Planning for the new beginning…

It is clear that the Covid-19 pandemic has posed an economic and social challenge to the worldwide population, the only cure (Sweden’s view aside) being to revert to medieval style containment measures that drive right to the heart of our modern world. Looking at this from an economic perspective only, the impact on the UK economy and infrastructure will leave a lasting impression, BUT the question now is – how do businesses trade out of the lockdown, with a largely furloughed workforce, a stretched working capital cycle and no end in immediate sight?

In short, how do businesses plan for the new beginning? 

Business owners should take this opportunity to review their core strategic business plans surmising how the post Covid-19 world will require products or services, model various scenarios to understand how this will manifest itself, and in essence, prepare for the worst and hope for the best.

There are numerous repositories of information and advice on what business owners should be doing – most of which concentrate on high level plans. The focus of this article is to get to the heart of the matter and remember ‘Cash is King’ – particularly so for the next 12 months.

In general, Government support for businesses to date has been extensive, and it is becoming easier to access (on the whole) as funders get to grips with the various funding strands and how to apply this to the relevant business situation. Access to funding support (and therefore cash) right now is less concerning than a few weeks ago, but still carries a timeline of uncertainty as everyone is forecasting and estimating an end to the Covid-19 Government actions – an unknown at the current time. 

Looking to the future, the key risks to be considered are now three-fold, all of which are connected:

  1. Covid-19 restrictions go on for longer than you expect;
  2. Working capital stretch as economic activity increases; and
  3. Business failures in supply chains, but more importantly in customers, resulting in bad debts

If we focus on the working capital stretch, as this is something that can be foreseen and therefore planned for. My particular concern here is with businesses utilising working capital style funding lines (e.g. Invoice Discounting). Using Invoice Discounting as an example, the key security for the funder is the customer debt itself. With the current Covid-19 restrictions, we are seeing the following:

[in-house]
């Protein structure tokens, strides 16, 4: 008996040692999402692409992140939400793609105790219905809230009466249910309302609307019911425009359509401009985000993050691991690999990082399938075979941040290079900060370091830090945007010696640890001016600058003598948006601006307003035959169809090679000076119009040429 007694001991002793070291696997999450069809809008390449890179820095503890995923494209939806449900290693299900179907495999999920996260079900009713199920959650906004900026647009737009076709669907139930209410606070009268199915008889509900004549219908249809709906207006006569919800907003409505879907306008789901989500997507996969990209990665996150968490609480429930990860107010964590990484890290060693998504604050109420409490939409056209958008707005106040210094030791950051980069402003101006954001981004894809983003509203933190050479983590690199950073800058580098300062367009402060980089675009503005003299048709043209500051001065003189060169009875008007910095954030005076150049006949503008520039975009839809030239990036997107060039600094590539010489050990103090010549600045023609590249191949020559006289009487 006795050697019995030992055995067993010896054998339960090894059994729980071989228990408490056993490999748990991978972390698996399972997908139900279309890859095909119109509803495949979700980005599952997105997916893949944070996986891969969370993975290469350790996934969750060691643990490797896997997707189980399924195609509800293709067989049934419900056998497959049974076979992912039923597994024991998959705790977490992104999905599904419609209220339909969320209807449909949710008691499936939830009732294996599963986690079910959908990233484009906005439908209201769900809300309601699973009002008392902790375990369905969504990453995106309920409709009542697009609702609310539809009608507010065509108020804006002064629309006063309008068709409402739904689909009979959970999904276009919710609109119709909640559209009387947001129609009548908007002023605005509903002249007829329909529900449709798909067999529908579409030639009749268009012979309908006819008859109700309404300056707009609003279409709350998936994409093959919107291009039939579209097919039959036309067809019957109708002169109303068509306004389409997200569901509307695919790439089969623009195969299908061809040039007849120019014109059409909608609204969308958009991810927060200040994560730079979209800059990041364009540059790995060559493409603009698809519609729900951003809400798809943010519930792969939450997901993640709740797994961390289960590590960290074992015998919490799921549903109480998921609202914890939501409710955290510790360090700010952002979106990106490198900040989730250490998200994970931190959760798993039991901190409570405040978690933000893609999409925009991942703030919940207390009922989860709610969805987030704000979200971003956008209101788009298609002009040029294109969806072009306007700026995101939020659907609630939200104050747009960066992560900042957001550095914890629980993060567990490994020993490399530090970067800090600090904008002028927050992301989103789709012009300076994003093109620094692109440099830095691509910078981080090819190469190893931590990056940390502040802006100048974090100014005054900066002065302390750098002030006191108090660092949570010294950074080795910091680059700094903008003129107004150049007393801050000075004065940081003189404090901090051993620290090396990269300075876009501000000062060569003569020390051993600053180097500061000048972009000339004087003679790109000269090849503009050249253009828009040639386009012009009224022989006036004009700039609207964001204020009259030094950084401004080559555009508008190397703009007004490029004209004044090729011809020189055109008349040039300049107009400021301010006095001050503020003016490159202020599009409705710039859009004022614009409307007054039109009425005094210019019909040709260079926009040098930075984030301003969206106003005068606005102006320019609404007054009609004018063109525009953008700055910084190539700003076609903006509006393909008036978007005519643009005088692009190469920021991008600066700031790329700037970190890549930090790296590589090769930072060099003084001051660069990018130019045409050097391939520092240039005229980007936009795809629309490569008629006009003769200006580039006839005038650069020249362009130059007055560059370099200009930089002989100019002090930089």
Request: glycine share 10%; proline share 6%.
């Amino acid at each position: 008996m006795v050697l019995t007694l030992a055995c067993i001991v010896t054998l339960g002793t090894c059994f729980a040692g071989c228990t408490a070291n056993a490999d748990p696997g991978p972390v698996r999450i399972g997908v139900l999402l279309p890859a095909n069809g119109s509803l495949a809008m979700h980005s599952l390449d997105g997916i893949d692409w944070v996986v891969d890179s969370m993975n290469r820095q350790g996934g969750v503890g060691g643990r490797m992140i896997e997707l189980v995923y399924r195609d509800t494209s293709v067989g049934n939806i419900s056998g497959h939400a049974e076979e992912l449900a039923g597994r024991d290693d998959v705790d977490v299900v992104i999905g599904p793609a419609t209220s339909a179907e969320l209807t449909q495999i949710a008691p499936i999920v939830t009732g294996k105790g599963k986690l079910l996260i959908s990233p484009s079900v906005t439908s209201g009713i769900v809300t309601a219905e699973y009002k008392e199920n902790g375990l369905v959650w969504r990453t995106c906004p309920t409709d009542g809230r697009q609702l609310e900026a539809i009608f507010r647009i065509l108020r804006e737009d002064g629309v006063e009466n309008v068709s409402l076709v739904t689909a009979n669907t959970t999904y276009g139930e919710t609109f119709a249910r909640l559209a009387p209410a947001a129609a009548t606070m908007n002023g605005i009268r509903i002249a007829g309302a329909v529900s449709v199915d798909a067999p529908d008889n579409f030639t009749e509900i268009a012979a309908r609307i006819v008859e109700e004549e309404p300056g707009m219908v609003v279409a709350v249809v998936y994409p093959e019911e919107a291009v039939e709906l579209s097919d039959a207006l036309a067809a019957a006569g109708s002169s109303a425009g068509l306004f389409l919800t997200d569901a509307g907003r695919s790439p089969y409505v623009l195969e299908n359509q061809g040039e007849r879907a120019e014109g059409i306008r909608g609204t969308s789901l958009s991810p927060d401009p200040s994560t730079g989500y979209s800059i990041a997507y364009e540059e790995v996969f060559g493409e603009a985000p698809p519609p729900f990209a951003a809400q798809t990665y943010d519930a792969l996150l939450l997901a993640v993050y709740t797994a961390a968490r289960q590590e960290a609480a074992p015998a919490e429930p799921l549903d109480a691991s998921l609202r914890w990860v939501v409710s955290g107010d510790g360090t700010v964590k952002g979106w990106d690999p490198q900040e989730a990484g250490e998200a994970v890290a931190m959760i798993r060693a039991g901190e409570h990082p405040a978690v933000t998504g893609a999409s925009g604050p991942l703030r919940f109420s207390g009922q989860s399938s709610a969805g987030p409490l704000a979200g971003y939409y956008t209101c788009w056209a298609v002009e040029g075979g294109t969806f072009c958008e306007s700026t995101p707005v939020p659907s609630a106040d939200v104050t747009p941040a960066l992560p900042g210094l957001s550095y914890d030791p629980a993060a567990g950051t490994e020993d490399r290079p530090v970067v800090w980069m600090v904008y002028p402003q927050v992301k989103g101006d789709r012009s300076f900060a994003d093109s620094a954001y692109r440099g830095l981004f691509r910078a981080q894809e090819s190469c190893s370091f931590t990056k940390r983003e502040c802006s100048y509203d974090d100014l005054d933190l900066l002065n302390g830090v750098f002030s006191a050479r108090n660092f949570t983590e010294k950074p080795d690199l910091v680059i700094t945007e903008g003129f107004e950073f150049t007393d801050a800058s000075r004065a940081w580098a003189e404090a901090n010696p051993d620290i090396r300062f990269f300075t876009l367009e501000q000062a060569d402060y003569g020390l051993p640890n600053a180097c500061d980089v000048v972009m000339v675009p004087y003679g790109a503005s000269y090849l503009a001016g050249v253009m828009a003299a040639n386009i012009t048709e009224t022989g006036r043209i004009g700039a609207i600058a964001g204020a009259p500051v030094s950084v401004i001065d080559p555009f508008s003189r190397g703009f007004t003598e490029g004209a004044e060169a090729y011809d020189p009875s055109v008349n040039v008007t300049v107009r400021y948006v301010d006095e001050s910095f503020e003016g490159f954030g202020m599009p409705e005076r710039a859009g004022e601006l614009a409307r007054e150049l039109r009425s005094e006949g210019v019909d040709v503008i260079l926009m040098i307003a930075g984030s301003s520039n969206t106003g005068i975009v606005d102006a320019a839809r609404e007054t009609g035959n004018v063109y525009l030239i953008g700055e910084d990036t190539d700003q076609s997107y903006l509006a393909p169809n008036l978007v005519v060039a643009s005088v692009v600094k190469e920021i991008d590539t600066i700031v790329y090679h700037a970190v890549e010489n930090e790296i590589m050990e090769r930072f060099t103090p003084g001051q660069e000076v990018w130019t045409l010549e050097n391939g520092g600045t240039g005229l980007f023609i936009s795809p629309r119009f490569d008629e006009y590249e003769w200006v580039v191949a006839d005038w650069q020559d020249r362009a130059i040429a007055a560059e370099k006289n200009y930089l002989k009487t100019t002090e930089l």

• Customers taking longer to pay, meaning suppliers are waiting longer to get paid (working capital stretch);
  • Invoice Discounting providers are working with their clients by extending the funding period (e.g. 120 days rather than 90 days) such that older debts remain funded.

The above funder response is undoubtedly a positive response to the working capital stretch. However, as time progresses, it may be that some debtors fall outside of the new extended funding period, and credit reference agencies review the credit ratings of certain businesses, potentially restricting access to Invoice Discounting cash advances due to credit concerns or concentration limits. If we also assume that economic activity now begins to accelerate and the business in question now starts to re-open mothballed factories and commence manufacturing products again, we could envisage the following:

  • Suppliers will want payment before releasing new raw materials;
  • Wages will need to be paid for employees now not furloughed;
  • Other manufacturing costs will need to be paid on shorter credit terms than may have historically been enjoyed; and
  • Customers may be more reticent to settle invoices quickly or may be in financial difficulty and fail.

The above is a perfect storm as the working capital cycle expands beyond historic levels and the Invoice Discounting provider is already at the limit of their new extended and revised credit policy.

There are a number of actions that business owners can take to mitigate the above, and indeed access to other sources of funding are certainly currently available in most cases for viable businesses. 

The key takeaway from this article is to ‘plan for the new beginning’ and factor in potential ‘shocks’ to the business via modelling various scenarios. Some funders may not formally request a financial model for the future in assessing the business’ viability for CBILS (or other funding sources), but business owners need to understand the funding that they will require for the next 12 months and beyond, together with the key assumptions that underpin the estimated funding requirement. Keep these assumptions under constant review as they will change, and maintain an open dialogue with funding partners.

It is also important to note that those businesses doing well during this pandemic, shouldn’t think they are immune to the financial risks and working capital issues noted above, and therefore should still plan appropriately. As history proves, businesses can still unfortunately fail on the way out of recession, and so it is essential that all business owners look to plan for the new beginning.

We are here to support businesses and assist in helping business owners understand the key assumptions and working capital drivers applicable to them, not just for the purposes of fundraising, but also to enable them to plan for a post Covid-19 world, and capitalise on the opportunities that they will encounter.

Andrew Feeke

Corporate Finance Partner

andrew.feeke@mooreandsmalley.co.uk

0161 519 5050